• India’s micro-spinning invention


    Ma. Isabel Ongpin

    JUST back from a week in India to check out a small feature of their textile industry. India is a huge country with a huge population and is a subcontinent shared with Pakistan and Bangladesh.

    Our interest as members of HABI: The Philippine Textile Council was to check out how they manage their small- and medium-scale textile businesses which have brought them both the domestic and the export markets as stable paying clients.

    To begin with, because of their ancient culture and practices where garments as everyday wear, ceremonial and ritual accoutrements, as well as serving as identifying marks of caste and profession, they have perhaps one of the most varied and unique garment industries in the world. The materials are all indigenous or available in the environment – silk from cocoon farms, cotton from cotton crops.

    While in ancient times, India had used handlooms, the immensity of the markets they service has led them to mechanize spinning and weaving and perhaps also planting and harvesting. What is interesting is that while mechanization helps do more and better, labor is not shunted aside but used all along, if not in the growing of the crops and harvesting, then in weaving and spinning.

    The Indian textile industry today uses power looms that can produce their indigenous fabrics, i.e. Madras, white and colored cotton cloth, silk cloth for saris and other uses. They produce in quantity to meet market demand.
    HABI was particularly interested in the small textile businesses using power looms. So, from our jump-off point in Chennai (formerly Madras) we drove to Erode which is the textile center of South India. There we saw a micro-spinning facility which converts raw cotton (after ginning) into spools of what they term “slivers,” which are eventually spun into whatever grades of thread are required, 20/2, 30/2, etc. in a few steps and readied for dyeing, which is also a mechanized process, done separately in another facility. All of the above are done on a small scale, like a village business. The micro-spinning facility uses minimal electricity, one-phase current like for a household. And electricity in India costs 6 rupees per kilowatt hour (less than P5).

    We also saw a dyeing facility which was small but had modern equipment that could produce exact shades of color as specified by the market orders. And using natural dyes at that, which means utilizing the resources of the natural environment like Indian plants which make for lower costs.

    What HABI was most interested in was the micro-spinning machine which can take a minimum of 65 kilograms of cotton a day and can ramp up to higher numbers, or as much as195 kg in 24 hours. This machine is the solution to a Third World need for small cotton harvests, where the presence of a nearby spinning facility will enable farmers to sell their cotton without incurring uneconomical transport costs. We do not have that here. A micro-spinning facility in the harvest area would give added value to the cotton and enable the farmer to command a higher price for the thread spun from it.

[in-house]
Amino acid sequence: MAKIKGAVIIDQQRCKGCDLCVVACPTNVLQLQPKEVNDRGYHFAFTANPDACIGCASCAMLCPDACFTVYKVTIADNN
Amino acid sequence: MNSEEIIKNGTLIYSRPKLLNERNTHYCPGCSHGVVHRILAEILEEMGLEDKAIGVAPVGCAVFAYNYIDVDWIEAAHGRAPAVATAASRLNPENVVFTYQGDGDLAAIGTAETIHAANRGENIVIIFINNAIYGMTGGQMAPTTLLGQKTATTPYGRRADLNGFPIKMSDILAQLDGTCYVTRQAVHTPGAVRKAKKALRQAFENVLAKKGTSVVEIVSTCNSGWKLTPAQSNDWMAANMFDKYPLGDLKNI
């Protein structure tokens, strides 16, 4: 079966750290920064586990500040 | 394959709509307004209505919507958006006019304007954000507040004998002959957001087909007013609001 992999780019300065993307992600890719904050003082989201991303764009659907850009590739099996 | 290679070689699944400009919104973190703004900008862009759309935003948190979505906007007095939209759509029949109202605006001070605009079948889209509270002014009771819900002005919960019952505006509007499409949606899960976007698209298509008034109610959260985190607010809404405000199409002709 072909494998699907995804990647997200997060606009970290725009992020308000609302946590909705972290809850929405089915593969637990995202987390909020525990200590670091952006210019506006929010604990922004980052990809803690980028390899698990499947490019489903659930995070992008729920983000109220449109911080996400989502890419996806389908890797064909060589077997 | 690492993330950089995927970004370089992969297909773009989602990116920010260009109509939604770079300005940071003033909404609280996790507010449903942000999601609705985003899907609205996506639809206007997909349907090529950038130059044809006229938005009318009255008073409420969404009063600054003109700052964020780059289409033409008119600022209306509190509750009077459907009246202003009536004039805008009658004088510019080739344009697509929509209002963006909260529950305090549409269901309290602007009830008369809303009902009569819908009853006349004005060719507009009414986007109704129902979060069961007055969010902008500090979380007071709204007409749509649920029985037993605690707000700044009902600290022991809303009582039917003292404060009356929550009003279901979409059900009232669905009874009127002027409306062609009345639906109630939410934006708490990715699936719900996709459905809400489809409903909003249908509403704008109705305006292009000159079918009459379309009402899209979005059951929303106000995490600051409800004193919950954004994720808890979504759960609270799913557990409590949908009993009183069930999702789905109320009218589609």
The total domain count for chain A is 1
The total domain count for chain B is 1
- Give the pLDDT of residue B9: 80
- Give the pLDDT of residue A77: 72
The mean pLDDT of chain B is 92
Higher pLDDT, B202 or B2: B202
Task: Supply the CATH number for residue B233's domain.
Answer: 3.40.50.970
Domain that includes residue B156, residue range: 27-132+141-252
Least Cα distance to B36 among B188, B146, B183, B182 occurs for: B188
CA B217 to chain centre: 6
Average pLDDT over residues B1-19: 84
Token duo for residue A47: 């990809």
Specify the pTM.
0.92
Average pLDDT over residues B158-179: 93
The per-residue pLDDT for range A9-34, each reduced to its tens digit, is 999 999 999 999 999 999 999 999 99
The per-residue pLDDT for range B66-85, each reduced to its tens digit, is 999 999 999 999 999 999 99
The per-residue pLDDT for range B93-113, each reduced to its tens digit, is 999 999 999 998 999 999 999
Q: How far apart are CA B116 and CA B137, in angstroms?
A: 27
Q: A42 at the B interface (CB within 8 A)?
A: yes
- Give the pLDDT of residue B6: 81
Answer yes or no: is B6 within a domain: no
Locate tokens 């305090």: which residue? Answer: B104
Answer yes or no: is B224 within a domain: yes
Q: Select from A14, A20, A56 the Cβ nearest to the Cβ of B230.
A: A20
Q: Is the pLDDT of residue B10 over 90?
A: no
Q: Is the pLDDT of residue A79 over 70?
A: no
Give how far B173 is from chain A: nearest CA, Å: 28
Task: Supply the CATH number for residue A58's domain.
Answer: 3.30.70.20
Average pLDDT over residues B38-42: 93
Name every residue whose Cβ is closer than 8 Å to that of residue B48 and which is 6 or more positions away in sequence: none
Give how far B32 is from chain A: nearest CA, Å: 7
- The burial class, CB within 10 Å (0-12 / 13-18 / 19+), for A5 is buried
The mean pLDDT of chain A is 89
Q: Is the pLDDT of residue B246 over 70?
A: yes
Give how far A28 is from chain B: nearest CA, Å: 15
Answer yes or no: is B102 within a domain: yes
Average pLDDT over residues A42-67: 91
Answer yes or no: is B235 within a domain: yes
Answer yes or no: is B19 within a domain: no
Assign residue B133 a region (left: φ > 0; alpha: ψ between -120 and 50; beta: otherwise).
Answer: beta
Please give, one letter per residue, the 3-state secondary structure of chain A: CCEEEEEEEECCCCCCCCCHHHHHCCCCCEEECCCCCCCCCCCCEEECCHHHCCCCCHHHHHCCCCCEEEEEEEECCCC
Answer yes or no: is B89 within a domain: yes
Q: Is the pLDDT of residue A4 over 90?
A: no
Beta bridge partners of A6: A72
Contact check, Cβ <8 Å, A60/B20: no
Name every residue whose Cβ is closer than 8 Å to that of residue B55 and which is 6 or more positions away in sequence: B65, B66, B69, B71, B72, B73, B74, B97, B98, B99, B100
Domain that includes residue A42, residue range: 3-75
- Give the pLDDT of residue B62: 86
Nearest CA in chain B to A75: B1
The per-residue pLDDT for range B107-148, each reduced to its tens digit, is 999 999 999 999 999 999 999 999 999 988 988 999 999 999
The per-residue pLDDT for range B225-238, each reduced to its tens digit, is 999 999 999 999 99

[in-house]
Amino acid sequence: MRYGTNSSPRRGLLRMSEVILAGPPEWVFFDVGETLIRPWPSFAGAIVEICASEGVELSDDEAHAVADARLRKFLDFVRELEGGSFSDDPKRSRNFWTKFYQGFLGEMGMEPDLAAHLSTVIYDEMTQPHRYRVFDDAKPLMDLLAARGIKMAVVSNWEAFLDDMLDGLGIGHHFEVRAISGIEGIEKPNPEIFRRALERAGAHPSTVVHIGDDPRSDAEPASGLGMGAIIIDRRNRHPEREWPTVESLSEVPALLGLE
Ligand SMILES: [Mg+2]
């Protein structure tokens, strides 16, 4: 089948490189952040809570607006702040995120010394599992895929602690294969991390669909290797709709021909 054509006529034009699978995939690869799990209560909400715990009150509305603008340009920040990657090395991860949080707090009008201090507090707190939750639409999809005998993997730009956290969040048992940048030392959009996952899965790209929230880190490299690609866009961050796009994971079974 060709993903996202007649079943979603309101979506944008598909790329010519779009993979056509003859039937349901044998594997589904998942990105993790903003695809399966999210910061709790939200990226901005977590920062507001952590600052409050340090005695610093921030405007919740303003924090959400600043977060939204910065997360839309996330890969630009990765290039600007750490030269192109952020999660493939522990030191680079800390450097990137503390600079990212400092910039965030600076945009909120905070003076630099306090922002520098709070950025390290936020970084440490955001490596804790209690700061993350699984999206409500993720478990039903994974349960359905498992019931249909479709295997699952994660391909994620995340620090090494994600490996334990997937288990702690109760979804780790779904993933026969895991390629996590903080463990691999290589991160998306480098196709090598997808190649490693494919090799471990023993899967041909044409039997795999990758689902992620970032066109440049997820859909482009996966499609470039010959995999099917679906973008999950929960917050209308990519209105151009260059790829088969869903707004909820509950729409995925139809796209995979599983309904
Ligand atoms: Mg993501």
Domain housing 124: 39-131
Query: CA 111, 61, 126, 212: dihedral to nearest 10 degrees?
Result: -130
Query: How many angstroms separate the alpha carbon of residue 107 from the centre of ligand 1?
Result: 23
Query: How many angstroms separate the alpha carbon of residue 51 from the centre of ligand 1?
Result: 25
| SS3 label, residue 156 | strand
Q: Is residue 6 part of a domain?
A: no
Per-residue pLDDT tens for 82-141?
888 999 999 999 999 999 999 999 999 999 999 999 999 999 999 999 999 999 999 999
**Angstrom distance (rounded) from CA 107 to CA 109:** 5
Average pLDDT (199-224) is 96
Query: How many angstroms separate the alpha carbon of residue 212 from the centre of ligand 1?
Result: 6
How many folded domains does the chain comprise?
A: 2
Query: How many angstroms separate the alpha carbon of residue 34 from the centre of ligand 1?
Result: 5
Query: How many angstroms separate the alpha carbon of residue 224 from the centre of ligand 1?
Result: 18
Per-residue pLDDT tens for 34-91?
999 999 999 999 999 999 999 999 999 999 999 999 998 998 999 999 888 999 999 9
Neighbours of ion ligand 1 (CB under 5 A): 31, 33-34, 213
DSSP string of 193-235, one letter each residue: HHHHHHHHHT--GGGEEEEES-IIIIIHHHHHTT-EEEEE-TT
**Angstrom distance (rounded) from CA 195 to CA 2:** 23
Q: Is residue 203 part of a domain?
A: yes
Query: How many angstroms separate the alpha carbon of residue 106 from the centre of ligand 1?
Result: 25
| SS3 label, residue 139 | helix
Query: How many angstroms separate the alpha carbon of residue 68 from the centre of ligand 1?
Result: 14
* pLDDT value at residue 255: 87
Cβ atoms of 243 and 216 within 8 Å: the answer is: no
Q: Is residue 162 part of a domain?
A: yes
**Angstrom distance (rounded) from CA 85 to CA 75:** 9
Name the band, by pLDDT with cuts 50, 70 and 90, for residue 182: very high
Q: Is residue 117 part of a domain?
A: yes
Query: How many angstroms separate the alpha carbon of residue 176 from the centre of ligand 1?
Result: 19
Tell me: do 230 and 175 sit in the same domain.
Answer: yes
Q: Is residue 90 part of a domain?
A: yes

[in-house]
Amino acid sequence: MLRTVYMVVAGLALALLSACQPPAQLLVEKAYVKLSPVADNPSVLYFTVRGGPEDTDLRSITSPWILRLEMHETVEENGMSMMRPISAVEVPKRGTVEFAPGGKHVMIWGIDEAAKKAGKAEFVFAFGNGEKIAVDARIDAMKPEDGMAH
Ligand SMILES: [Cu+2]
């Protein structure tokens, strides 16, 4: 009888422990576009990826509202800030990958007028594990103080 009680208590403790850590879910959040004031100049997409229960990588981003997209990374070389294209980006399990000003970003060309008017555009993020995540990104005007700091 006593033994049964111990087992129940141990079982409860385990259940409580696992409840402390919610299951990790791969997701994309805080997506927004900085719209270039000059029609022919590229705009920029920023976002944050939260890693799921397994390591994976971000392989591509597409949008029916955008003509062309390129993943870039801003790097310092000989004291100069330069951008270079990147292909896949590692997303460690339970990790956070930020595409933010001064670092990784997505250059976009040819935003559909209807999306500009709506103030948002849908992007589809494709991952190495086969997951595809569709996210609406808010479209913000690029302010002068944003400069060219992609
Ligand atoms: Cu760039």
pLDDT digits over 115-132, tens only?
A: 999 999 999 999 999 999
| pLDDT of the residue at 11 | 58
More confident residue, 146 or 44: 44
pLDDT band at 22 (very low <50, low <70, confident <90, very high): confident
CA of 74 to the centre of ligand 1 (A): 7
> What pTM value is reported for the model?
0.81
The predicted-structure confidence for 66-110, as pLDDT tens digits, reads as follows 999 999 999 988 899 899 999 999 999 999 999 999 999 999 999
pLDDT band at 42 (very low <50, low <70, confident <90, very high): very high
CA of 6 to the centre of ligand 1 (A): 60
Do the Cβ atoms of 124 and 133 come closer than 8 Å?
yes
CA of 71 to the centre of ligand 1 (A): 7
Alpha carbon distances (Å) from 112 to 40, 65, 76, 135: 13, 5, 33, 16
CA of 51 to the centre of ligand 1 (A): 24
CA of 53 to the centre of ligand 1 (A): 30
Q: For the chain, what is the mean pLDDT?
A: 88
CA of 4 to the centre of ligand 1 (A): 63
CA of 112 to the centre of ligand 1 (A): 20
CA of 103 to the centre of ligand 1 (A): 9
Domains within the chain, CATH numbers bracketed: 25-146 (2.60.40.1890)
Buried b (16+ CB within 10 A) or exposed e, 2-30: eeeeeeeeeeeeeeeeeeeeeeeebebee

Moreover, the simplicity of the machine requires no complicated education or training and can be run by villagers who have been taught and practiced to do so. It is ideal for cotton farming communities, as it would mean saving on spinning, transport and labor costs.

    Indeed, India’s engineering prowess honed by its famed engineering schools has addressed a good number of Third World problems and provided the country with Third World but adequate solutions. This means inexpensive, simple and easy to maintain machines that are not complicated or capital-intensive to operate. The micro-spinning machine we saw was designed by an engineer graduate of the Indian Institute of Technology whom we met and who explained its operation to us. He and his wife are social entrepreneurs, educated Indians who give back to their country and fellow citizens. Their invention helps the farmers get a better return for their work. There is no overdesign in this micro-spinning machine; it is made to spin quickly and efficiently at minimum cost, and optimum results relying on ordinary maintenance.

    This is sorely needed in this country now that the Department of Agriculture is seriously promoting the growing of cotton, something which we had in great quantity in the past but was allowed to decline, resulting in the loss of this natural fiber that is in demand in our weaving industry.

    HABI, with the Department of Science and Technology, is seriously contemplating bringing in a micro-spinning machine and setting it up in Panay to service the cotton harvests there and be able to provide the thousands of Panay weavers a stable supply of cotton thread.

    The agriculture department’s policy of expanding cotton acreage would have a better chance of succeeding if there is a cotton spinning machine nearby.


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